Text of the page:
The poverty gap between the races has narrowed in the United States since 1995. The difference in poverty rates between non-Hispanic whites and minorities dropped 19.4 percent in the seven years to 2002, claims a study by Neil Wollman and colleagues at Manchester College in North Manchester, Ind.
But before you start cheering, note that trends in American incomes are complex. While some statistics show progress toward equity, others show deterioration. Analyzing the numbers has become a mini-industry for a host of academics and think tanks.
Often, the complexity gets boiled down into sound bites by politicians pushing a view. Nuances get lost. But with the help of three new studies, some significant conclusions about the overall income scene can be drawn. The bottom line: in terms of income, the disadvantaged are catching up (a little) with the white Joneses; but overall, the gap between the prosperous and the poor is growing.
No one knows for sure what narrowed the racial poverty gap. Jared Bernstein, an income expert at the Economic Policy Institute in Washington, credits the tight labor market of the late 1990s. It prompted employers to hire more blacks and other minorities and to pay them more, lifting many out of poverty.
The 2001 recession and ensuing jobless recovery probably reversed their progress. Overall poverty deepened in 2002, the latest year for which official numbers are available. The jobless rate for blacks rose from 7.6 percent in 2000 to 10.8 percent in 2003.
Yet when the 2003 poverty numbers come out this fall, they may show that nonwhites held onto some of the ground they gained during the boom years, Mr. Bernstein says.
Nevertheless, nonwhites were still 162 percent more likely to be poor than whites in 2002. If progress continues at the 1995-2002 pace, poverty parity will not be achieved until 2018, or even 2031, depending on the method of calculation, the Manchester researchers figure. "These income gaps are not good for a society which holds equality as a primary value," says professor Wollman.
Despite the narrowing of the white/nonwhite poverty gap, the distance between the rich and the poor in general widened during the same period. (Remember, income issues are complex!)
That growing income gap is reflected in another study. Million-dollar houses, uncommon a decade ago, became a rapidly growing segment of housing markets in the 1990s, Harvard University's Joint Center for Housing Studies finds. More than 400,000 exist in the US today, up at least 120 percent from 1989.
In the past decade, existing homes have become more expensive, especially in California and the Northeast. And new houses tend to be bigger and more luxurious. A few million well-to-do families can afford these homes, some of them dubbed "monster mansions."
By now, the study finds, these expensive homes account for nearly one-fifth of all household wealth in the US. Yet, on average, these million-dollar homes cost their owners only three times their annual income. They are affordable to them.
But not so often to minorities. One out of 17 white homeowners owns a luxury home, but only one out of 33 minority homeowners has such a costly house.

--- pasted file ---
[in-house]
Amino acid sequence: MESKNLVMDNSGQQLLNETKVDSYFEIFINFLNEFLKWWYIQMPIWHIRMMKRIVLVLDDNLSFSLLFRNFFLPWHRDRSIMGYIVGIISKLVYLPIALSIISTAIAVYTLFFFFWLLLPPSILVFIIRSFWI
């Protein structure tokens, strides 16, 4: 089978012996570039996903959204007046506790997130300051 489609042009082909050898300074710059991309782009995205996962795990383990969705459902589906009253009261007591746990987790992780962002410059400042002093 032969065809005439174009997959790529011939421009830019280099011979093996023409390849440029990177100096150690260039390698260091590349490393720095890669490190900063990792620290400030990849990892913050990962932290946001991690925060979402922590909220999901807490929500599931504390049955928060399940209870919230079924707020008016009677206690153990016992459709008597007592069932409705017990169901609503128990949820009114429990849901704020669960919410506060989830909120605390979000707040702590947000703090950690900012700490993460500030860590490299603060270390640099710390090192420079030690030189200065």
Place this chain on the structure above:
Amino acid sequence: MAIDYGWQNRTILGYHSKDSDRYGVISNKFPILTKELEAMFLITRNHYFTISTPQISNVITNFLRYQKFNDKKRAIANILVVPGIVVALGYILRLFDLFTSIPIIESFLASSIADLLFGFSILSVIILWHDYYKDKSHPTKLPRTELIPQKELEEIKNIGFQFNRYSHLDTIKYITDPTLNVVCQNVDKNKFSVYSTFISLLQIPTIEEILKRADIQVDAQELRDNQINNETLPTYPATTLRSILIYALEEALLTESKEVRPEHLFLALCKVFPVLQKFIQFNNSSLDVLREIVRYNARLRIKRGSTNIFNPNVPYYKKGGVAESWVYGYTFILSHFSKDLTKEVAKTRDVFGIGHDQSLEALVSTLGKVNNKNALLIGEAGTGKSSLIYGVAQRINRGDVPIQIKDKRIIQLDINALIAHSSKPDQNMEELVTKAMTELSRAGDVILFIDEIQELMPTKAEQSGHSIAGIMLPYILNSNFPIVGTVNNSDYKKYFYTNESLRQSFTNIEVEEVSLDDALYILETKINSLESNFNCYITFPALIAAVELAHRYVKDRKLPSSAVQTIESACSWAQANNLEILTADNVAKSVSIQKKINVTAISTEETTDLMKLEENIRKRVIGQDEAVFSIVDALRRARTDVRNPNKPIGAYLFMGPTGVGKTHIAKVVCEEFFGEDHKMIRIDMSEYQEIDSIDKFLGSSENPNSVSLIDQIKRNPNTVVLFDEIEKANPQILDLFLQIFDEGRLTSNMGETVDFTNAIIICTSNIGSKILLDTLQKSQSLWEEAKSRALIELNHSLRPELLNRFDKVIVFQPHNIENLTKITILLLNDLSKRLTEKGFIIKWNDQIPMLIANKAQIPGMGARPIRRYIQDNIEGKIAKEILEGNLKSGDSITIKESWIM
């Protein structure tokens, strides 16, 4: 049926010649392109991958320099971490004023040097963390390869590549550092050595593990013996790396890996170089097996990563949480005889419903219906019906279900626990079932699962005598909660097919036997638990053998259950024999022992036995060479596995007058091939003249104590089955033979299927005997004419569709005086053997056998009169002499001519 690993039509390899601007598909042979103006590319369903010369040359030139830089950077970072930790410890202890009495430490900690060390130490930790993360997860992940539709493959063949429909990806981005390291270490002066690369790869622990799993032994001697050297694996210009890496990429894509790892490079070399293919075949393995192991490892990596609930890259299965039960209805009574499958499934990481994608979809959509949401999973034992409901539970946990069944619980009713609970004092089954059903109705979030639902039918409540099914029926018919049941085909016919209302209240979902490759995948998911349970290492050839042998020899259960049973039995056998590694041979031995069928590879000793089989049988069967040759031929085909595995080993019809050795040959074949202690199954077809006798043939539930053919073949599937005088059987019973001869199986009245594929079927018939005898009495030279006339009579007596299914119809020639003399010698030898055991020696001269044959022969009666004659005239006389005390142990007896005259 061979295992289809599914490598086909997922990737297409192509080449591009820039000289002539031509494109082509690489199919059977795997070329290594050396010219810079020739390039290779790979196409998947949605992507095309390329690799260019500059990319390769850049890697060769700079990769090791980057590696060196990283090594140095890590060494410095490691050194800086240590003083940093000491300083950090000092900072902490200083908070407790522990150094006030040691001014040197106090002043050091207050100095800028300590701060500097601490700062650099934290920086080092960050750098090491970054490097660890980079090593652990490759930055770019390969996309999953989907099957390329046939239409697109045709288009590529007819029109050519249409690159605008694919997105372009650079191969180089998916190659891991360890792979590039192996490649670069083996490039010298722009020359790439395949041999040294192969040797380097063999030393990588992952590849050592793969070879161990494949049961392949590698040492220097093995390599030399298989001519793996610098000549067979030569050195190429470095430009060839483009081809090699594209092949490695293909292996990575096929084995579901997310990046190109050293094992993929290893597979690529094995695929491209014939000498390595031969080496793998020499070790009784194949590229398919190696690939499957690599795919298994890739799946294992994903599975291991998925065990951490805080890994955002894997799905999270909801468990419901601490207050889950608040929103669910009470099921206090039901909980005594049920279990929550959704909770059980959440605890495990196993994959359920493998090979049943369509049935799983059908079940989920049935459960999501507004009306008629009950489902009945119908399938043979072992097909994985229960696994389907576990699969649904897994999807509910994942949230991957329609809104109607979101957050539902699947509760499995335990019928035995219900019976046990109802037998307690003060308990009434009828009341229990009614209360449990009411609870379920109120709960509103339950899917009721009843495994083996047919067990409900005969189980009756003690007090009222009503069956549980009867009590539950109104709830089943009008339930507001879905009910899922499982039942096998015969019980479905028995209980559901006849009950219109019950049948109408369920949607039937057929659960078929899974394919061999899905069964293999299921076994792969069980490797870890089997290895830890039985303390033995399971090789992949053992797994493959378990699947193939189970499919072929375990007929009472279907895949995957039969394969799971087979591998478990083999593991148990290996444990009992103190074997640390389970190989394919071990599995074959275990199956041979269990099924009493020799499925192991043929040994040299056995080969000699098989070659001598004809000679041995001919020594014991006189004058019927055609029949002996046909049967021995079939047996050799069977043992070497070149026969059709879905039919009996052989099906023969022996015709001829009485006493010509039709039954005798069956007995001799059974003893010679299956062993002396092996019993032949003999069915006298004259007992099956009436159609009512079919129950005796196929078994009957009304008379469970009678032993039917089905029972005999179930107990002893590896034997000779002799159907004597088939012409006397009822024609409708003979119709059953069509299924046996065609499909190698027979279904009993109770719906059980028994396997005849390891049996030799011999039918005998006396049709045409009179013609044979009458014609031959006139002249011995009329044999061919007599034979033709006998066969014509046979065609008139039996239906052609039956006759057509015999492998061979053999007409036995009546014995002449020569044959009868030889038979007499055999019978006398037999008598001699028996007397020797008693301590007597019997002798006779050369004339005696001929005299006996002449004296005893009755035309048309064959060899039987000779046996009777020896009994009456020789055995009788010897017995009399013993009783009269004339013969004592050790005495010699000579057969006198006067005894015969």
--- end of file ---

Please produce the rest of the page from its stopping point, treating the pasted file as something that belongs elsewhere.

It "reveals the widening disparities between the housing haves and the housing have-nots," states Nicolas Retsinas, center director. "Ironically, in the midst of a shortage of affordable housing, million-dollar homes have become increasingly common."
That bad news is tempered, however, by another study that indicates the "economic well-being" of American households and families is "a bit" less unequal than the government's purely income numbers indicate. That's especially so for the gap between whites and nonwhites.
New research by a trio of economists for the Levy Economics Institute at Bard College in Annandale-on-Hudson, N.Y., takes account of the value of work in the home (such as child care, cleaning, shopping), government transfers (including welfare and disability payments), tax factors, income from wealth, employer contributions for health insurance, and actual rents or imputed rents for housing, some of it subsidized - as well as the paid work noted in government statistics.
Their goal is to measure how many goods and services members of a household can buy or otherwise obtain - not just their income.
The difference between these two numbers is substantial - nearly 30 percent. In 2000, for instance, median money income - the level at which as many households had less income as those with more income - stood at $42,000. But adding in the other factors to achieve "household economic well-being" raises the median to $68,529.
So this is the good news. Details in the study show that Americans earning less than $50,000 in money income are a bit better off in terms of their being able to obtain goods and services than the government's income statistics indicate.
One reason the income gap isn't even worse is that some members of households are working more hours to keep up with their bills. In many cases, both spouses work or one tackles two jobs.
The median annual hours of total work for households increased from 4,401 in 1989 to 4,727 hours in 2000, the equivalent of more than eight weeks of full-time work. As a result, even families doing better economically may feel they are on a treadmill of work with little time for relaxation.